The Abbotsford tower controller cleared C-FCFZ through the control zone southeastbound, but this route was unusual and rarely used. However, there was no requirement to direct overflights away from the airport, and no potential conflict with other traffic was apparent to the tower controller at the time. At the time he instructed the two aircraft to contact Victoria terminal, the tower controller did not recognize a potential conflict between C-FCFZ flying VFR through the control zone at 2500 feet asl and C-FHDP climbing to 3000 feet asl while conducting a missed approach under IFR. He did not take any action with respect to C-FCFZ. Had the Abbotsford tower controller, once he recognized the impending conflict, employed a more aggressive tactic to alert the Victoria terminal controller, the conflict would likely have been resolved before immediate evasive action was necessary.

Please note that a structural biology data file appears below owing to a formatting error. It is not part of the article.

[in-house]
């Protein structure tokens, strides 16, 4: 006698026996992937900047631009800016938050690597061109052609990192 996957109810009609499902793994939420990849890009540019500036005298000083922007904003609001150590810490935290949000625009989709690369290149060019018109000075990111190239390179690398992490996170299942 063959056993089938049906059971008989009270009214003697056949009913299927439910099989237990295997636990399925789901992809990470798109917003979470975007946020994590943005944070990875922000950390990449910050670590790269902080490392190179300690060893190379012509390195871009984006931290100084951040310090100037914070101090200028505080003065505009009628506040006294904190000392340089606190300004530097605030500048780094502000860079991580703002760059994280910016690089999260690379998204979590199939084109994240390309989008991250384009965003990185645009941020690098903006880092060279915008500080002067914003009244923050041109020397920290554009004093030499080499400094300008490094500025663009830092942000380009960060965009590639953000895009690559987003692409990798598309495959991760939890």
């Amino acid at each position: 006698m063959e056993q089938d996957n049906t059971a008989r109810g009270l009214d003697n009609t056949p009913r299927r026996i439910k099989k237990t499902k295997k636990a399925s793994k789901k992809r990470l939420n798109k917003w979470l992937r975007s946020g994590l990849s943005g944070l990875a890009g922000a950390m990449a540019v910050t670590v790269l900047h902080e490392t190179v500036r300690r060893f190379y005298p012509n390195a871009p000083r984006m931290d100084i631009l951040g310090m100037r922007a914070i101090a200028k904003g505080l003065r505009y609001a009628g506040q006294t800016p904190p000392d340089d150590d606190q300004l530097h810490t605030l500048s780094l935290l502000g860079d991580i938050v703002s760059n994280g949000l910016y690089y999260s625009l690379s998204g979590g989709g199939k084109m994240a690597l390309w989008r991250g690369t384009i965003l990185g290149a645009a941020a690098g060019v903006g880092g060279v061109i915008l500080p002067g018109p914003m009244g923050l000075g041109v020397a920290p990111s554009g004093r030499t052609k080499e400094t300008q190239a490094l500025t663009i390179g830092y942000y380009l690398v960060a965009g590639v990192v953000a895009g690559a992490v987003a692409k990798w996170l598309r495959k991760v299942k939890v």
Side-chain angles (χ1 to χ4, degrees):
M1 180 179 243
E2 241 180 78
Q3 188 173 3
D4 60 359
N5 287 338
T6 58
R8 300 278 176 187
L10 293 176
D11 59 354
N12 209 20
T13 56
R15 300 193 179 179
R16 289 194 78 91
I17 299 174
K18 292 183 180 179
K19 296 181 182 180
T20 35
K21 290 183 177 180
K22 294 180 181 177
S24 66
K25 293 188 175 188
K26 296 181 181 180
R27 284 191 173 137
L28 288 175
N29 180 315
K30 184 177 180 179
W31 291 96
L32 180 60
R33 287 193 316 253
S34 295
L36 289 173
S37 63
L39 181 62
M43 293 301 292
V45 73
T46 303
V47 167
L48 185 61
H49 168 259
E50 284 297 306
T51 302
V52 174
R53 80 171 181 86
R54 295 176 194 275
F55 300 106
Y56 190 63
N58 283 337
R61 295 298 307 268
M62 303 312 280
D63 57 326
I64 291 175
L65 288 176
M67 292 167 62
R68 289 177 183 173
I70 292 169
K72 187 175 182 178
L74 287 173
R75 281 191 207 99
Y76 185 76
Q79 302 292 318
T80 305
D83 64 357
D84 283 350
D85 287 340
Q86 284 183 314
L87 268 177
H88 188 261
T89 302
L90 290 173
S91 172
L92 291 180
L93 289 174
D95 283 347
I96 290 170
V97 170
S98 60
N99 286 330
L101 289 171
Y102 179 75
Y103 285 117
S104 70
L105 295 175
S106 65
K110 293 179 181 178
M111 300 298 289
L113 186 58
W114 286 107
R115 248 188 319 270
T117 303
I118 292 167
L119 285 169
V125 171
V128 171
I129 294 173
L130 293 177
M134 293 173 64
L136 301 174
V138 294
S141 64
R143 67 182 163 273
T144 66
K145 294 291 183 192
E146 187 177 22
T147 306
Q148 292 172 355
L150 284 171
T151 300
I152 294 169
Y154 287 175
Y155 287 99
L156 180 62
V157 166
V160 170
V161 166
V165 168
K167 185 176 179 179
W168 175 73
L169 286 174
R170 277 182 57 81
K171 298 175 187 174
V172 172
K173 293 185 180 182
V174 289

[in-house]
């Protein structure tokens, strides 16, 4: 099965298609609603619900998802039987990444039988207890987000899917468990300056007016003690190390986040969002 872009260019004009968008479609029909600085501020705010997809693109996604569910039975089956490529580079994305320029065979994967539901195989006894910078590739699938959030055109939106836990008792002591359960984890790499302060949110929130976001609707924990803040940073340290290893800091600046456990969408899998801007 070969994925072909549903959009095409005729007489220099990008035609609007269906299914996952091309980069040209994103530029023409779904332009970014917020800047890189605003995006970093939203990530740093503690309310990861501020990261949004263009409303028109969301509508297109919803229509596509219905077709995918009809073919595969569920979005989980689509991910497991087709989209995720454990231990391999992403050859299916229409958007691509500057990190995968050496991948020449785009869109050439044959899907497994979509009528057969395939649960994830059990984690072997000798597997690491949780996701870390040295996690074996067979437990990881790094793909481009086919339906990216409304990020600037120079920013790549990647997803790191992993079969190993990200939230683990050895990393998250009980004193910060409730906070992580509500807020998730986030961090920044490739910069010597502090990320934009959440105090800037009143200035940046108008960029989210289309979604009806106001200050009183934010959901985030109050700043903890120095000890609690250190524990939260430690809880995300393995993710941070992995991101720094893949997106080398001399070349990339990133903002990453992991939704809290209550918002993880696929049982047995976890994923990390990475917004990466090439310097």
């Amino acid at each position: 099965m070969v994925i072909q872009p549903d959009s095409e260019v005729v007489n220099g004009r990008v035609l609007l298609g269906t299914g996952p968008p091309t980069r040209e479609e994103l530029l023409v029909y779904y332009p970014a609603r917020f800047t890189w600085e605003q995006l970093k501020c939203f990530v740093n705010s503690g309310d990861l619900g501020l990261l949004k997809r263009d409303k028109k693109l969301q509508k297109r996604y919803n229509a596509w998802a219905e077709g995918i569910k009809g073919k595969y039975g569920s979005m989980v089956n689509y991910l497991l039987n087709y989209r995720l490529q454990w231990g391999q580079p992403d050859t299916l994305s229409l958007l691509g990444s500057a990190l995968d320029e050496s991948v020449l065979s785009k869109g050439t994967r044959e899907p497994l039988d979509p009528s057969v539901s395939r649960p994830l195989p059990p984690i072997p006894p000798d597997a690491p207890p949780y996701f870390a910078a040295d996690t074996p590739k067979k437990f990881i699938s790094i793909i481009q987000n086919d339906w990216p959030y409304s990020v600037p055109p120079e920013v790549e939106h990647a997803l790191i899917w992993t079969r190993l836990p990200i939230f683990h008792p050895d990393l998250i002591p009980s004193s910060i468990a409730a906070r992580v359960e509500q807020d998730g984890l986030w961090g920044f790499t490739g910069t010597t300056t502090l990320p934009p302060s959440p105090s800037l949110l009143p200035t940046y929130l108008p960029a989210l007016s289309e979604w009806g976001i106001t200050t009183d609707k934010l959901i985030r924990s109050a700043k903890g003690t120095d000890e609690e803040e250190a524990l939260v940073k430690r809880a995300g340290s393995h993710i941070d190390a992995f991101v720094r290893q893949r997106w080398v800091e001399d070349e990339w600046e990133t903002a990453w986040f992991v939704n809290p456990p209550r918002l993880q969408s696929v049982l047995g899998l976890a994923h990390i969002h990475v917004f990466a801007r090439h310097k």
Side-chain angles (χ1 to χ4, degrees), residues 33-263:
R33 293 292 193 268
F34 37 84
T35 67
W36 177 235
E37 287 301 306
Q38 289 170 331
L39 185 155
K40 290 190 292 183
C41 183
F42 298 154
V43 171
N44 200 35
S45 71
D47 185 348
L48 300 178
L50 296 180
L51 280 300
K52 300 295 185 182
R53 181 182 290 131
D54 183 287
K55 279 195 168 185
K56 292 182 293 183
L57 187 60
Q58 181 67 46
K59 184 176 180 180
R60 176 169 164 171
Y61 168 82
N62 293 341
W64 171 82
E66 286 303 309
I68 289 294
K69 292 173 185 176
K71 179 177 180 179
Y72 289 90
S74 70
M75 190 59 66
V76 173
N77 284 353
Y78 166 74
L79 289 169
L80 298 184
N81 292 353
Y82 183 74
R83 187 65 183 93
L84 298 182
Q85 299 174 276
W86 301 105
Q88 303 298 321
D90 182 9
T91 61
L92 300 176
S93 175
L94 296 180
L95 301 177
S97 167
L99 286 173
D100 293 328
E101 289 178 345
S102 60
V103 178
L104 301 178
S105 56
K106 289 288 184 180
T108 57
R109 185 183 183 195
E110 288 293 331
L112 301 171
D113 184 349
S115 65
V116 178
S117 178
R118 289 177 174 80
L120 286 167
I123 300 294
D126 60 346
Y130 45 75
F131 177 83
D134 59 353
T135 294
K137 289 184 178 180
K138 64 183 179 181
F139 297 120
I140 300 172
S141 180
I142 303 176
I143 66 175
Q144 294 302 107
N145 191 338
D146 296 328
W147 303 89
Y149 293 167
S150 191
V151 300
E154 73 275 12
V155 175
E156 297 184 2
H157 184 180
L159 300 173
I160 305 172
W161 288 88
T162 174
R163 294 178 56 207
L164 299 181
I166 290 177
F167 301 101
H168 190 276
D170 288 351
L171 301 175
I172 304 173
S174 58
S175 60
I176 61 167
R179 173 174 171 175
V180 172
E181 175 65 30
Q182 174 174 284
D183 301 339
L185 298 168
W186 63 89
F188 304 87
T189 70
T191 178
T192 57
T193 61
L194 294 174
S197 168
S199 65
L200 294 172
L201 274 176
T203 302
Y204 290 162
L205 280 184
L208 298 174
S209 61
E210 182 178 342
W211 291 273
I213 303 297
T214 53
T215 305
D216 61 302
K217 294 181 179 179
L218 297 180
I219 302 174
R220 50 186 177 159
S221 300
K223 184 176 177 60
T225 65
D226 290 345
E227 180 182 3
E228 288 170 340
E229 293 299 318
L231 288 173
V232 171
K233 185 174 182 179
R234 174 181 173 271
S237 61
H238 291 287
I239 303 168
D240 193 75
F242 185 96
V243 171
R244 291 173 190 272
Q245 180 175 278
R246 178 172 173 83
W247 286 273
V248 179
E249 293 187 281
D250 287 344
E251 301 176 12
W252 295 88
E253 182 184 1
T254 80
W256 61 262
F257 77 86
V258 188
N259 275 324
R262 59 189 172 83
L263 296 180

When the tower controller cleared C-FCFZ to Victoria terminal frequency, he believed C-FCFZ would climb above 2500 feet asl and thus leave the Abbotsford control zone, but this did not happen. No communication took place between Abbotsford tower and Victoria terminal regarding C-FCFZ. Consequently, although C-FCFZ had been changed over to Victoria terminal and was no longer in communication with Abbotsford tower, the tower still retained responsibility for C-FCFZ because:

  • C-FCFZ was still in the Abbotsford control zone;

  • C-FCFZ had not been advised that radar services had been terminated; and